HomeLifestyleFishing Report: plenty of variety getting snagged

Fishing Report: plenty of variety getting snagged

In this week's Fishing Report, the team at Tackle World Bundaberg says there is plenty of variety on the cards for those fishing the reefs. Pictured is Angela Nickerson with a huge 55 cm mangrove jack caught on a live mullet.


The Inshore reefs are definitely still fishing great at the moment and plenty of variety is on the cards if you are fishing these reefs.

Finding the bait has been key, most of our inshore marks are holding great amounts of bait and with that has been plenty of school mackerel and some really good sized schools of spanish as well.

Trolling garfish or hardbody lures work well especially if you are trying to locate bait and fish.

If you find an area in which the mackerel are schooled up in, dropping down a Flasha spoon and winding it back in as fast as you can is one of the easiest ways to catch a mackerel, even the big spanish love this technique.

Some great sized grunter and grassy sweetlip are also around on the inshore marks, fresh squid has been the go to bait for these fish.

Casting curl tail and jerk tail soft plastics is also a great way to target these fish.

Make sure your lure is coming in contact with the bottom regularly during your retrieve, this is crucial for getting the bites.

Michael Rice with a cracking spanish caught at Burnett Heads.


With the run of great weather we have had over the last few weeks there has been plenty of action happening out wide!

Those who have found good patches of ground isolated from any other surrounding reef structures have been rewarded.

Dropping big flesh baits like mullet fillet or whole squid in 40 m is producing cracking sized red emperor, spangled emperor, red throat, nannygai and plenty of cobia.

The shallower patches of reef in about 10 to 30 m of water have been holding great numbers of coral trout, grassy sweetlip and venus tuskfish.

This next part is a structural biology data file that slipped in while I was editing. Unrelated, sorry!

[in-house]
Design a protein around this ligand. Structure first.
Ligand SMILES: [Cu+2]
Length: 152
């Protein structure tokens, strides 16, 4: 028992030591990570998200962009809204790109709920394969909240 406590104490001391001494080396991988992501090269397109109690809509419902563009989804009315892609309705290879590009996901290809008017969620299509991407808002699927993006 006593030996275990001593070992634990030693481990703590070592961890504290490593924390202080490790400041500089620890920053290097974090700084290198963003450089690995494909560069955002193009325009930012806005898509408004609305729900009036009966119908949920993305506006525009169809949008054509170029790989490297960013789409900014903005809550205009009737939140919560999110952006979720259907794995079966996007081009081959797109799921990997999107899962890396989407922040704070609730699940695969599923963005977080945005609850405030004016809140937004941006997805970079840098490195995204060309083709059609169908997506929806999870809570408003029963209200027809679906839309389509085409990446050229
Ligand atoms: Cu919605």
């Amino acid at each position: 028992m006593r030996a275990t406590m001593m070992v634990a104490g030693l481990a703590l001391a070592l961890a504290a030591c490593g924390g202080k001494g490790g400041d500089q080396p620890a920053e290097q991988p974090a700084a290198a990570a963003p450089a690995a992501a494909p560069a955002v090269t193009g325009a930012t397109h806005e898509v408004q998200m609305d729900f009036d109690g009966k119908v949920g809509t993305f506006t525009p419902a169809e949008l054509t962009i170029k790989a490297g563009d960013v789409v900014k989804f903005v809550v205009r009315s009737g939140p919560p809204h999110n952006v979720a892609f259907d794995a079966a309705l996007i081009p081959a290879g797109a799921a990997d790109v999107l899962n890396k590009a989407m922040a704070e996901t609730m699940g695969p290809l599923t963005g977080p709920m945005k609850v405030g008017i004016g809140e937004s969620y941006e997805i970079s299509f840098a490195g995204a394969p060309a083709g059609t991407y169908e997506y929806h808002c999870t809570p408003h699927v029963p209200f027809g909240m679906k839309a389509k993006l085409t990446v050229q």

Smaller baits like whole pilchards and mullet strips worked really well on these fish and they seemed to chew really hard around the tide changes.

The local wrecks have seen some monster cobia continuing to be caught on them with big flesh baits being very effective on the larger fish.

Plenty of the smaller cobia have ate jigs and soft plastics when jigged erratically through the water column, the big cobia have also taken a liking to this technique at times as well.

Jarrad Shallcross and Riley Goleby with a great feed of trout.

Burnett River

The Burnett has fished well again this week, good numbers of blue salmon are still being caught in the Town Reach area on soft vibes.

Targeting these fish around the tide changes can be a good way to capitalise on a bite window as these fish often feed during the tide changes.

Great numbers of big bream are at the mouth of the river along the rock bars and have been caught on a variety of techniques.

Slow rolling medium to deep diving hardbody lures along the rock bars has worked really well on these fish.

Floating out whole sprat or mullet fillet is also a great way to get into the bream action. With the little bit of rain paired with the increasing tides this week the crabbing has been firing up again.

For now the better numbers of crab is coming from steep muddy banks.

Kolan River

The Kolan is fishing well with the shallow flats and drop offs in the cleaner water towards the mouth holding some quality fish.

We have seen fresh yabbies doing the trick on the sand flats on species like flathead, bream, whiting, and big grunter!

The incoming tide and the start of the run out have been the prime times to target these fish.